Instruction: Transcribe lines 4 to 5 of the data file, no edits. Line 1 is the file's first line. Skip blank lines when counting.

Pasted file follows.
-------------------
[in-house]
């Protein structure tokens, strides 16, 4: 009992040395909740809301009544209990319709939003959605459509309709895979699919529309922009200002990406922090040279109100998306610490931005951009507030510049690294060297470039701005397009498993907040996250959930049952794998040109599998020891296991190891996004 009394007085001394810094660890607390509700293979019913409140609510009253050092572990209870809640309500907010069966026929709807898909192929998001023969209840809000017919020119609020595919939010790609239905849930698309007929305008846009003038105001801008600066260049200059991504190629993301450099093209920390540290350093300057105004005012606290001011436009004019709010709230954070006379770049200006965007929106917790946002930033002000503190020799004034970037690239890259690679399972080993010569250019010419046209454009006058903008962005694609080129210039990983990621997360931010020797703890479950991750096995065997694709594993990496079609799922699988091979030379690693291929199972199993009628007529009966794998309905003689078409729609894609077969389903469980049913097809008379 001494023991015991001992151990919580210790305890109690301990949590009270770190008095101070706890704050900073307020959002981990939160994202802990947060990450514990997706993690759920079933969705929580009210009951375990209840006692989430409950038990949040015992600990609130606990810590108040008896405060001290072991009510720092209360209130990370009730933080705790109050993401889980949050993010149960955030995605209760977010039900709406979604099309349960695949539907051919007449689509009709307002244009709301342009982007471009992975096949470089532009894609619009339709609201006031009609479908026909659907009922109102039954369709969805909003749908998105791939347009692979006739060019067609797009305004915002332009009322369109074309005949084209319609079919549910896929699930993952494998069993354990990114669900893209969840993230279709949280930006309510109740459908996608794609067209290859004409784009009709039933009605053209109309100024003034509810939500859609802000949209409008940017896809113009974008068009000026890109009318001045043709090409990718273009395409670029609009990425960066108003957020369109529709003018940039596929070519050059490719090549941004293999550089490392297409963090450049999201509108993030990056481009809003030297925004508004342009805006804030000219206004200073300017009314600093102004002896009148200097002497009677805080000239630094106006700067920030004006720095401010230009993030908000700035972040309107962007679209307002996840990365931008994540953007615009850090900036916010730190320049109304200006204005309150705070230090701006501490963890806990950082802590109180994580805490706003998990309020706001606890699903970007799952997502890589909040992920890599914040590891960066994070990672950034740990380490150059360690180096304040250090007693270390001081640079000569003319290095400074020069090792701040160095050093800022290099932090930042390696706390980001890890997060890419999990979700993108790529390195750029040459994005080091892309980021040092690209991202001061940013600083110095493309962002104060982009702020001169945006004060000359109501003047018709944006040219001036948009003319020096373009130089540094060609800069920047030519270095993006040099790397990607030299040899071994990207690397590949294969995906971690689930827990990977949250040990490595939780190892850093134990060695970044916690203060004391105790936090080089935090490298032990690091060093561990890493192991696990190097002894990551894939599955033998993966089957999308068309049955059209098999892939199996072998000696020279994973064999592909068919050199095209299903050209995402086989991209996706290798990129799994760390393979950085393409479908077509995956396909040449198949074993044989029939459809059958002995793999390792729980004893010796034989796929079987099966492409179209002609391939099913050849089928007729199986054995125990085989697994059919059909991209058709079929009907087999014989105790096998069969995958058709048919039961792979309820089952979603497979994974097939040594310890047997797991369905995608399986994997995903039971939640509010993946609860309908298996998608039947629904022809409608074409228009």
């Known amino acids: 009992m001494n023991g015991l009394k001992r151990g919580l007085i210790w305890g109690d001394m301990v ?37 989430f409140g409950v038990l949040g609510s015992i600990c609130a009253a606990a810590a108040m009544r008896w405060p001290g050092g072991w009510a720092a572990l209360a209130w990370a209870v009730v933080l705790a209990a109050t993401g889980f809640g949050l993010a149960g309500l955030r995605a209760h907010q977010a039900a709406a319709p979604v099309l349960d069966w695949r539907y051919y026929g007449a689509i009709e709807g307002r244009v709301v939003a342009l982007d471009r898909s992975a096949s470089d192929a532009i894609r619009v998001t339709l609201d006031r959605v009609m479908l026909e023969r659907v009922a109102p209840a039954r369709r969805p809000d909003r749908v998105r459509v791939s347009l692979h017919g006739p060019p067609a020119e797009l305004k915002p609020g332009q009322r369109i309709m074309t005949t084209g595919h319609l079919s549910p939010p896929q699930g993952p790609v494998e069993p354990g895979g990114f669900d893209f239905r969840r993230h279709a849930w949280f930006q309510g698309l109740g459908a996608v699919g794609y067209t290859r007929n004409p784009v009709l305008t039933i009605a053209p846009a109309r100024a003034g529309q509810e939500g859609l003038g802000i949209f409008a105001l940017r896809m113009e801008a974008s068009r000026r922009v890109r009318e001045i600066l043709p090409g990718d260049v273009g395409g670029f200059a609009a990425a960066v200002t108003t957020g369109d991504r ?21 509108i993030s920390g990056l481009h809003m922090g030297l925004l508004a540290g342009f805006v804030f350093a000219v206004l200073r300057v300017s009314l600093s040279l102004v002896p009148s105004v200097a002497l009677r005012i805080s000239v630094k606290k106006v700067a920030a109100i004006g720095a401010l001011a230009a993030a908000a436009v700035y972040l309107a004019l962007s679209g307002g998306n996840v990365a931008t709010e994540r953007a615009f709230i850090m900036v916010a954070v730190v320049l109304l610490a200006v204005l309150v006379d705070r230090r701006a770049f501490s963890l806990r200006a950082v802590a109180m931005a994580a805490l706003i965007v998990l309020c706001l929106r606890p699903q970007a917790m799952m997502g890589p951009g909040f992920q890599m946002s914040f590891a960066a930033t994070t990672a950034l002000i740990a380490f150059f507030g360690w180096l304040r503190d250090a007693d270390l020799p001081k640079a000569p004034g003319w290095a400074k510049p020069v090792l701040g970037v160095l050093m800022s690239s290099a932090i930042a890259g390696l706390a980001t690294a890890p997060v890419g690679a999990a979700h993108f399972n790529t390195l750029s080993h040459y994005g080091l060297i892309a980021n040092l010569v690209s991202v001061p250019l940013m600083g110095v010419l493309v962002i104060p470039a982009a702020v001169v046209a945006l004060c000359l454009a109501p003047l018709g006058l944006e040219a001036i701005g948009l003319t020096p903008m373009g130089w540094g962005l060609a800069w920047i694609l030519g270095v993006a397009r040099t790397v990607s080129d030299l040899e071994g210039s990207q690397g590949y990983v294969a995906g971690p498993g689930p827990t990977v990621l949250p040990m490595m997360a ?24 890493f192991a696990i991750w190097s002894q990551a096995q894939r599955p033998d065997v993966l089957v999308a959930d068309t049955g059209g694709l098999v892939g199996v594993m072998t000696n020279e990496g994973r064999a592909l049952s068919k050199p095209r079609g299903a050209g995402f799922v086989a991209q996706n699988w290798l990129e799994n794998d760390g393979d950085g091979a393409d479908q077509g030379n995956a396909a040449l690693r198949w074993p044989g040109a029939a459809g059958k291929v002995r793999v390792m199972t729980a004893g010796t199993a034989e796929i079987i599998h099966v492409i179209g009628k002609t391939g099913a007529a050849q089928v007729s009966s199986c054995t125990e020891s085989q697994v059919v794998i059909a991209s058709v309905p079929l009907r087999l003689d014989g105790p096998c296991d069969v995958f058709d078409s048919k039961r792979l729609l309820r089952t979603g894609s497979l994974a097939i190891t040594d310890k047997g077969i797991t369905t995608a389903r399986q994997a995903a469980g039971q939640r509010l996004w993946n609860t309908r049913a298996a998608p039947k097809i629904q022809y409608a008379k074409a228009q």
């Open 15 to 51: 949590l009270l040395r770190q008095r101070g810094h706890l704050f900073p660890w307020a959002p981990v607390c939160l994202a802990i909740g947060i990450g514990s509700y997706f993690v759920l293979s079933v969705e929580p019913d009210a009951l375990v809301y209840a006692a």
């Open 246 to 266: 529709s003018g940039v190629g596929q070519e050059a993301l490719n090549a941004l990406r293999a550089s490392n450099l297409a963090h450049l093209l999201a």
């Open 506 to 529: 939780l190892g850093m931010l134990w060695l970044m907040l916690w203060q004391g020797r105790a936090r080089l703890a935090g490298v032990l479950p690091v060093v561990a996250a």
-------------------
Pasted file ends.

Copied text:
């Open 15 to 51: 949590l009270l040395r770190q008095r101070g810094h706890l704050f900073p660890w307020a959002p981990v607390c939160l994202a802990i909740g947060i990450g514990s509700y997706f993690v759920l293979s079933v969705e929580p019913d009210a009951l375990v809301y209840a006692a």
């Open 246 to 266: 529709s003018g940039v190629g596929q070519e050059a993301l490719n090549a941004l990406r293999a550089s490392n450099l297409a963090h450049l093209l999201a």